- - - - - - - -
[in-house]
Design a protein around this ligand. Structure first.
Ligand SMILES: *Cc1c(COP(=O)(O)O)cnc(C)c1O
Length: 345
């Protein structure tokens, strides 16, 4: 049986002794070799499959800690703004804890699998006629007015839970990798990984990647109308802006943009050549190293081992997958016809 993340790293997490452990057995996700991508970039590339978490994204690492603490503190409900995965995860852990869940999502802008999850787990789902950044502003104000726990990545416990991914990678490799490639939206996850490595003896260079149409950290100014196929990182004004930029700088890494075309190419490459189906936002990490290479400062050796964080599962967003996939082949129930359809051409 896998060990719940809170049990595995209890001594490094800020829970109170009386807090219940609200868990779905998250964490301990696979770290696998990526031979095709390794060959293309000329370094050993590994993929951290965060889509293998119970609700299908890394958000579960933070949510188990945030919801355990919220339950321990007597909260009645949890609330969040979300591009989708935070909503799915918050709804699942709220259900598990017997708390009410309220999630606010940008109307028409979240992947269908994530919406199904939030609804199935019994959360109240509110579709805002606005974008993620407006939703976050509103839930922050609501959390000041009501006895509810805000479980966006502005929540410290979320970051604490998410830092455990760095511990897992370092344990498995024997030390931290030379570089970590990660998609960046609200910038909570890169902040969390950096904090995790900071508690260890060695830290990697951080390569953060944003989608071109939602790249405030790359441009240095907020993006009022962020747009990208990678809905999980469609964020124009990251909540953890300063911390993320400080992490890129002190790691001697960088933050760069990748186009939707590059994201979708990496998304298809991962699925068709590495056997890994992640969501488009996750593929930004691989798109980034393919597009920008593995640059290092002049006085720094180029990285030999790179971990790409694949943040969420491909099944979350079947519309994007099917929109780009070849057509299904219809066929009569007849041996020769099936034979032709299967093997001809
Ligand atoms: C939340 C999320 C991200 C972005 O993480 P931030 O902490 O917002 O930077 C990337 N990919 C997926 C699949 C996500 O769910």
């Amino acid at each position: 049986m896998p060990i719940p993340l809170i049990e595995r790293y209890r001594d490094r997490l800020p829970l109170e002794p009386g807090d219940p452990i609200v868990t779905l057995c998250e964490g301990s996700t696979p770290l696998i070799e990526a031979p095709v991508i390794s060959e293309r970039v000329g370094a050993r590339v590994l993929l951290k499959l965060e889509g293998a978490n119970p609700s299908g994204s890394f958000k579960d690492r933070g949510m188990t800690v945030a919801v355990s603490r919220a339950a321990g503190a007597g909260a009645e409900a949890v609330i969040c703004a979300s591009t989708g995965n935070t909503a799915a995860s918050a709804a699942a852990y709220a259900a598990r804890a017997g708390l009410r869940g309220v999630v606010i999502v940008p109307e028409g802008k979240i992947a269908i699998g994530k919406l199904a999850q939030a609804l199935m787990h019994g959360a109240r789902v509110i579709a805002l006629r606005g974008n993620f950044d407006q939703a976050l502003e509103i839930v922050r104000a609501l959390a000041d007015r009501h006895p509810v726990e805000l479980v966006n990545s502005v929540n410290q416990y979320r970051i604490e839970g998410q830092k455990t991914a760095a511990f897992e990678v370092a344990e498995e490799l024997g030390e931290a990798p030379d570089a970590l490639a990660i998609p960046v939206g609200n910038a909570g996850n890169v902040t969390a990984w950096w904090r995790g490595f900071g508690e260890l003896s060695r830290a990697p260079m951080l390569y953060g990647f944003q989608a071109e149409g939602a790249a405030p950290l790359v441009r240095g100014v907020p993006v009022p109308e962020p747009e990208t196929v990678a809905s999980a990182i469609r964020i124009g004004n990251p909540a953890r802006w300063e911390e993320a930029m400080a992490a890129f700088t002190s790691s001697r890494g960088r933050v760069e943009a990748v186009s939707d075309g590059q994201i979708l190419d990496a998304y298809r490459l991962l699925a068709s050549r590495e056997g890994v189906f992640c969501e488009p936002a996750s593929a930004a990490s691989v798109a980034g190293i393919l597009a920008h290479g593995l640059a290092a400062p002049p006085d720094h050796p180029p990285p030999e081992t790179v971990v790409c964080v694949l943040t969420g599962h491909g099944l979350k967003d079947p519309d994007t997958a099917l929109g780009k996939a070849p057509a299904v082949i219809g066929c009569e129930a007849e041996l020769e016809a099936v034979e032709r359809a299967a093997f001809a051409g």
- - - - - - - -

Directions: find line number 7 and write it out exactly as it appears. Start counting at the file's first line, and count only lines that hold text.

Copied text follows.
């Amino acid at each position: 049986m896998p060990i719940p993340l809170i049990e595995r790293y209890r001594d490094r997490l800020p829970l109170e002794p009386g807090d219940p452990i609200v868990t779905l057995c998250e964490g301990s996700t696979p770290l696998i070799e990526a031979p095709v991508i390794s060959e293309r970039v000329g370094a050993r590339v590994l993929l951290k499959l965060e889509g293998a978490n119970p609700s299908g994204s890394f958000k579960d690492r933070g949510m188990t800690v945030a919801v355990s603490r919220a339950a321990g503190a007597g909260a009645e409900a949890v609330i969040c703004a979300s591009t989708g995965n935070t909503a799915a995860s918050a709804a699942a852990y709220a259900a598990r804890a017997g708390l009410r869940g309220v999630v606010i999502v940008p109307e028409g802008k979240i992947a269908i699998g994530k919406l199904a999850q939030a609804l199935m787990h019994g959360a109240r789902v509110i579709a805002l006629r606005g974008n993620f950044d407006q939703a976050l502003e509103i839930v922050r104000a609501l959390a000041d007015r009501h006895p509810v726990e805000l479980v966006n990545s502005v929540n410290q416990y979320r970051i604490e839970g998410q830092k455990t991914a760095a511990f897992e990678v370092a344990e498995e490799l024997g030390e931290a990798p030379d570089a970590l490639a990660i998609p960046v939206g609200n910038a909570g996850n890169v902040t969390a990984w950096w904090r995790g490595f900071g508690e260890l003896s060695r830290a990697p260079m951080l390569y953060g990647f944003q989608a071109e149409g939602a790249a405030p950290l790359v441009r240095g100014v907020p993006v009022p109308e962020p747009e990208t196929v990678a809905s999980a990182i469609r964020i124009g004004n990251p909540a953890r802006w300063e911390e993320a930029m400080a992490a890129f700088t002190s790691s001697r890494g960088r933050v760069e943009a990748v186009s939707d075309g590059q994201i979708l190419d990496a998304y298809r490459l991962l699925a068709s050549r590495e056997g890994v189906f992640c969501e488009p936002a996750s593929a930004a990490s691989v798109a980034g190293i393919l597009a920008h290479g593995l640059a290092a400062p002049p006085d720094h050796p180029p990285p030999e081992t790179v971990v790409c964080v694949l943040t969420g599962h491909g099944l979350k967003d079947p519309d994007t997958a099917l929109g780009k996939a070849p057509a299904v082949i219809g066929c009569e129930a007849e041996l020769e016809a099936v034979e032709r359809a299967a093997f001809a051409g």